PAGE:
Minutes 1-3

"Come on Michael. I mean if am feeling really good, I can do this for like  20 min, right?"

(NO LILY, YOU CAN'T) 

Minutes 4-5

"Well can I do 10 minutes a few times a day... Oh wait, the machine shut off"

(LILY, try to keep pedaling at at least 40 rpm!)

Minutes 6-8

"Um, my heart rate is not really doing anything here..."

(YEAH, OK Lily, that is not really the point)

Minutes 9-10

"I think that 10 minutes is enough. I should ice after, right?"

Oh the joy of PT... I can't wait to see what happens tomorrow.

 


Staying Steady - part two

No one really tells you what you can do, but you are told what you cannot do.

You cannot put weight on your right leg for about 8 weeks.

You cannot run.  Ever. Again.

You cannot start any kind of weight bearing physical therapy until week six.

You cannot keep your brace unlocked while you sleep.

You cannot take your brace off unless you are doing physical therapy.

What about what I can do?  Well - do not worry about that now.  That is what I was told.

Well, that is not good enough for me.  I worry - I always worry about things, and when it comes to my health and well-being, I am going to worry.

I worry about making sure that I stretch my hip flexors and IT band.  I worry that I won't get enough exercise, and that all of my due diligence what I have worked on for years will completely dissipate.  I worry that I am going to completely go out of my mind sitting around all day long.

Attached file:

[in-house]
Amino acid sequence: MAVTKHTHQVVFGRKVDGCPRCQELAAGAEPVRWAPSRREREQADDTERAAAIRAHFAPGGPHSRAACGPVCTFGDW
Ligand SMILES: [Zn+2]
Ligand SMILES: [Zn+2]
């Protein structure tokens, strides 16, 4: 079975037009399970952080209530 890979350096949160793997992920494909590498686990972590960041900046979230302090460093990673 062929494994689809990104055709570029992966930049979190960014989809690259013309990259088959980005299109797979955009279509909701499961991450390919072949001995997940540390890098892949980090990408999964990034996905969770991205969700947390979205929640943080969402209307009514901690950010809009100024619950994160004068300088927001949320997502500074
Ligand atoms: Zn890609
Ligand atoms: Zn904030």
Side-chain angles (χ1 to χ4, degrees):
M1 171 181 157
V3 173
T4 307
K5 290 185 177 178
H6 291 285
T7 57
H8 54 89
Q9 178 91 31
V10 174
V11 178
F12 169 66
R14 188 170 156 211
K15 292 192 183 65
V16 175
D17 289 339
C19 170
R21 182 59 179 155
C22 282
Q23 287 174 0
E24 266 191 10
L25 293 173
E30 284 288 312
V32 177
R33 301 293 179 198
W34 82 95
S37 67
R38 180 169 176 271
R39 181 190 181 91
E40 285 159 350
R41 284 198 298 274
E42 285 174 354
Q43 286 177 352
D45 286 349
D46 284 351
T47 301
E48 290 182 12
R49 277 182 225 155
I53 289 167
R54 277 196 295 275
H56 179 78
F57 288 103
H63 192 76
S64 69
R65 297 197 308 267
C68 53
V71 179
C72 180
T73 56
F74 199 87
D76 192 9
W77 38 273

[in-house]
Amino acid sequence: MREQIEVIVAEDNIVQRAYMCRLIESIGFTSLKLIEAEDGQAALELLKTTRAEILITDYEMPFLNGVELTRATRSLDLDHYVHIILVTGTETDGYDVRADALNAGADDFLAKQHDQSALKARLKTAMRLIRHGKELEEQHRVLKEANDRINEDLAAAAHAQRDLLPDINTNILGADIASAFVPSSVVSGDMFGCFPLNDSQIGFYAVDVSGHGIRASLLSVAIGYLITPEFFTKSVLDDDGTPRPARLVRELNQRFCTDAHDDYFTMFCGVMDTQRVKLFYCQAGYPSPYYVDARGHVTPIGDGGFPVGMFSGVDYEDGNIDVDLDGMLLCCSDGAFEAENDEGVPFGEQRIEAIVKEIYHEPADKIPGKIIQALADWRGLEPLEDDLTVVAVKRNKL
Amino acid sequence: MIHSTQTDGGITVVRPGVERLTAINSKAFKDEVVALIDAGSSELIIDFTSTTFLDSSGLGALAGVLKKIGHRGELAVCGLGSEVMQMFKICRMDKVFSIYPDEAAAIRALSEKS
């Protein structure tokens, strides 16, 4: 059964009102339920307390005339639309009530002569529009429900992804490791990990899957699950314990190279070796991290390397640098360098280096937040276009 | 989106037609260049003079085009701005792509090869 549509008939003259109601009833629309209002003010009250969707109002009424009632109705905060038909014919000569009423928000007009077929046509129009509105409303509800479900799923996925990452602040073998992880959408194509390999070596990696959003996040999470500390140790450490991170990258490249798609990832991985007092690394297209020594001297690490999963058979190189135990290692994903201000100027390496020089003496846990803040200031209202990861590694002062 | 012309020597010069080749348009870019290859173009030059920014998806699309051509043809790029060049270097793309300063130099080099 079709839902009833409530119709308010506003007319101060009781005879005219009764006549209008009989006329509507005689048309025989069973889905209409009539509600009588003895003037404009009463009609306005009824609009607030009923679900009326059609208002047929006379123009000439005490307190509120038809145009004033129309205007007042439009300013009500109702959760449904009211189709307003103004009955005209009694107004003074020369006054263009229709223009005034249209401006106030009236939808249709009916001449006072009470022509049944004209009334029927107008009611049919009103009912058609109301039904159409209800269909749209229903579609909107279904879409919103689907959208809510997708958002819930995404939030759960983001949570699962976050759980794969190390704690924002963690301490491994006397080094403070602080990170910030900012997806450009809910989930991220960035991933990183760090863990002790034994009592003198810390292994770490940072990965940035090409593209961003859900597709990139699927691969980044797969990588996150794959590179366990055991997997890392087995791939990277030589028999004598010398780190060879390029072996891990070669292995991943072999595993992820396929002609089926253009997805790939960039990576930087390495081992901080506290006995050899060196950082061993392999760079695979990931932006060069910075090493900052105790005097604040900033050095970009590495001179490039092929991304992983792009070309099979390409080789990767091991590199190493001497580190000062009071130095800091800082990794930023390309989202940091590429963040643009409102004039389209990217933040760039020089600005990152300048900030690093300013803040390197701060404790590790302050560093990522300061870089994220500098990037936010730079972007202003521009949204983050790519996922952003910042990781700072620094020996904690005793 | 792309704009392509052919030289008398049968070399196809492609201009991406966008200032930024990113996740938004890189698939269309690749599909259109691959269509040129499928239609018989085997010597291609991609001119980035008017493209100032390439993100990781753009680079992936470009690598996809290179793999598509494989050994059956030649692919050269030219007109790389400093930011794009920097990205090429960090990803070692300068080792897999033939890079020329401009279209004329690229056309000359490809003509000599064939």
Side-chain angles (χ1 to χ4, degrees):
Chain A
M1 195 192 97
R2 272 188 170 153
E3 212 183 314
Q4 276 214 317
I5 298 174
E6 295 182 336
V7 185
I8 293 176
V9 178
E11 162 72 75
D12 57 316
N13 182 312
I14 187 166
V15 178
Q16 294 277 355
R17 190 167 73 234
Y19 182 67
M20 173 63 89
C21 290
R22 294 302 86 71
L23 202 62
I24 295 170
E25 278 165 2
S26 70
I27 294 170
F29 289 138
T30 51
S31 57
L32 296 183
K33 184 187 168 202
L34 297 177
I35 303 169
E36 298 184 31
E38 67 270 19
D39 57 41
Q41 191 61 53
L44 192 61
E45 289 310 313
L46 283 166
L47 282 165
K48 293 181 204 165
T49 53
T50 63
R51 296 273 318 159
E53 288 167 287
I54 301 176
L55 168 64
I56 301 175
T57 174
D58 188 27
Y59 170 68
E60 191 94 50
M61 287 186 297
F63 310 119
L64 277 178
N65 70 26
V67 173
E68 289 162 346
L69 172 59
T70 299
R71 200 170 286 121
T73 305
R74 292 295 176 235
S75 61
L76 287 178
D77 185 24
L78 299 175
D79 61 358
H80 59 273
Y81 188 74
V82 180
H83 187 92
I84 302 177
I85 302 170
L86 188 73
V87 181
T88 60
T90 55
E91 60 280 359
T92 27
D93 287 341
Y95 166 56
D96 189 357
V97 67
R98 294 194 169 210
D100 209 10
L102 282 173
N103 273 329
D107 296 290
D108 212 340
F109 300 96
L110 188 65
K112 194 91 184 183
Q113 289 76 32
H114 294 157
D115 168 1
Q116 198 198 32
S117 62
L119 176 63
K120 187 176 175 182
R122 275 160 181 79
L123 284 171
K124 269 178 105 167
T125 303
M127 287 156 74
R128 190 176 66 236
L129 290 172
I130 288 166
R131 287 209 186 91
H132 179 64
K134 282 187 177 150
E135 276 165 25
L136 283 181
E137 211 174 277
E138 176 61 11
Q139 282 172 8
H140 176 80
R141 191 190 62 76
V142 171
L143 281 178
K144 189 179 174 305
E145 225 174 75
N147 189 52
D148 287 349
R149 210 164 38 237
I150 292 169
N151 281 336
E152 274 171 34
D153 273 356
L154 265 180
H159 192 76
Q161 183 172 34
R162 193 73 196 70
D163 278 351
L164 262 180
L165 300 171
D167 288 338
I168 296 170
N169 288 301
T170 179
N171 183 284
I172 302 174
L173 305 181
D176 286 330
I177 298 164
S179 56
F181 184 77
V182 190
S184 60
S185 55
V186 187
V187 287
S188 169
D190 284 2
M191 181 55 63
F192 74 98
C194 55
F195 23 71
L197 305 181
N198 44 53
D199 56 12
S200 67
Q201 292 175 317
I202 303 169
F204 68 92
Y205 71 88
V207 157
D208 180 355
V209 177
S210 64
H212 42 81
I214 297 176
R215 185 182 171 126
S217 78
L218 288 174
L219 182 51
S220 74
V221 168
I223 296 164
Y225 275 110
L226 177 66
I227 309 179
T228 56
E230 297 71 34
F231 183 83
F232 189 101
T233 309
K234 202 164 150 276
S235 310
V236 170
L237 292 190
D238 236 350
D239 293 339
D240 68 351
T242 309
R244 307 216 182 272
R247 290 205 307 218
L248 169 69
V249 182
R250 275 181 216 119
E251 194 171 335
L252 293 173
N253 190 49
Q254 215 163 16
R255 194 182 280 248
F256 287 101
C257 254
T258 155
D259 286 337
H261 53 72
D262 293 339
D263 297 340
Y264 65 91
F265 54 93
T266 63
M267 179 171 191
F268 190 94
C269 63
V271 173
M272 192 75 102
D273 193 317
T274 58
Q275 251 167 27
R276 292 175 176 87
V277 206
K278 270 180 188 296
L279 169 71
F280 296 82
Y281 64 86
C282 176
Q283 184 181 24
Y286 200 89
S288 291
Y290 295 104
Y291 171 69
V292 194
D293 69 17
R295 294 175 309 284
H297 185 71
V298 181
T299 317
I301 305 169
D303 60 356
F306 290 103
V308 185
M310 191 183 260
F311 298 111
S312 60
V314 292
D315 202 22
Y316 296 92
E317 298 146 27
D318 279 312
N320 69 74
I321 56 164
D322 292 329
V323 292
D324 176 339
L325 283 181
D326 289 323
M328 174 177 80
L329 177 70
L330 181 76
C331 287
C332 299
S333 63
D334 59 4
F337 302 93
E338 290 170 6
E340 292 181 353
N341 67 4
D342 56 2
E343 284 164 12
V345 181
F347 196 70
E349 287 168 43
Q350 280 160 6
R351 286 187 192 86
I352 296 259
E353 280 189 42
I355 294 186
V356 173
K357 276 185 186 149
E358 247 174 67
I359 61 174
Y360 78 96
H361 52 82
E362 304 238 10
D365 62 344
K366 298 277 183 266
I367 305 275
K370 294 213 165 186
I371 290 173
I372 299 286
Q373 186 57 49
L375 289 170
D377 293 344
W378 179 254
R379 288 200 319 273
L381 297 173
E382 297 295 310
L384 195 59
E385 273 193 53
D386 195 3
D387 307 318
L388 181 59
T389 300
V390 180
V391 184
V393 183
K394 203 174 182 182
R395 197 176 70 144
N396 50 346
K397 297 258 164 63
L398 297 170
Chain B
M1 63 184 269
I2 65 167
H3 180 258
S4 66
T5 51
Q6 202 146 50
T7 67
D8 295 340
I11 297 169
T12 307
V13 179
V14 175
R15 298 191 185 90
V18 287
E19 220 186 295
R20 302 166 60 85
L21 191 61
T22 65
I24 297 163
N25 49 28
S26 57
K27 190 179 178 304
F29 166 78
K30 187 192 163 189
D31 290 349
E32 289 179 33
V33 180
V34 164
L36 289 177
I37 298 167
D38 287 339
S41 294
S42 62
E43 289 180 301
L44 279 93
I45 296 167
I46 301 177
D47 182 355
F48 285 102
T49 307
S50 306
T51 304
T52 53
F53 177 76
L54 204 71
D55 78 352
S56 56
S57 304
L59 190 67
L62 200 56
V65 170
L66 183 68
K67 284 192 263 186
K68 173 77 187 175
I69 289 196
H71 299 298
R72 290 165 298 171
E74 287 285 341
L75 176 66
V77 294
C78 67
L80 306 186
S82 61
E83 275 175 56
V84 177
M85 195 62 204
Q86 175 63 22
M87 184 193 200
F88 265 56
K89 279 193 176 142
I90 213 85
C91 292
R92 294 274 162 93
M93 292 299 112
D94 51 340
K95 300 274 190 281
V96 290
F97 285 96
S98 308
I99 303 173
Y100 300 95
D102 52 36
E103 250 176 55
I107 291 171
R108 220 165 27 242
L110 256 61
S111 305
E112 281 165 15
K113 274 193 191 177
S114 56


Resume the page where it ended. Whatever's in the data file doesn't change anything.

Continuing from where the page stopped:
There are small victories that happen each and every day, and that is what I have learned to hold on to - along with those victories are set backs as well.  An accidental slip meant weight shifted to my right leg.  Almost falling down a flight of stairs meant I placed weight on my right foot to balance.  Slowly, slowly, and things will hopefully fall (no pun intended) into place...

 


Staying Steady - part one

Rain, snow, ice, sleet, puddles, steps, sidewalks, cobblestones.  These are all things that have put an undeniable fear in me.  Welcome to life on crutches.  And it gets better - I am on crutches and not able to put any weight on my right leg for fear of ruining the intricate surgery my doctor recently performed to regrow the cartilage in my knee.

This is not my first adventure on these stilt-like walking apparatuses.  I have been on them several times before for this same knee, but my previous adventures where no where near as daring as this one.  Non-weight bearing for eight weeks is a challenge, and even more so for someone who tends to be very physically active.  I am used to waking up around 4:45am and hitting the gym to teach bootcamp classes and workout with my trainer.  That will not be happening for a while...That being said, I do not see my situation as an excuse to sit on my ass, feel sorry for myself, and let things go.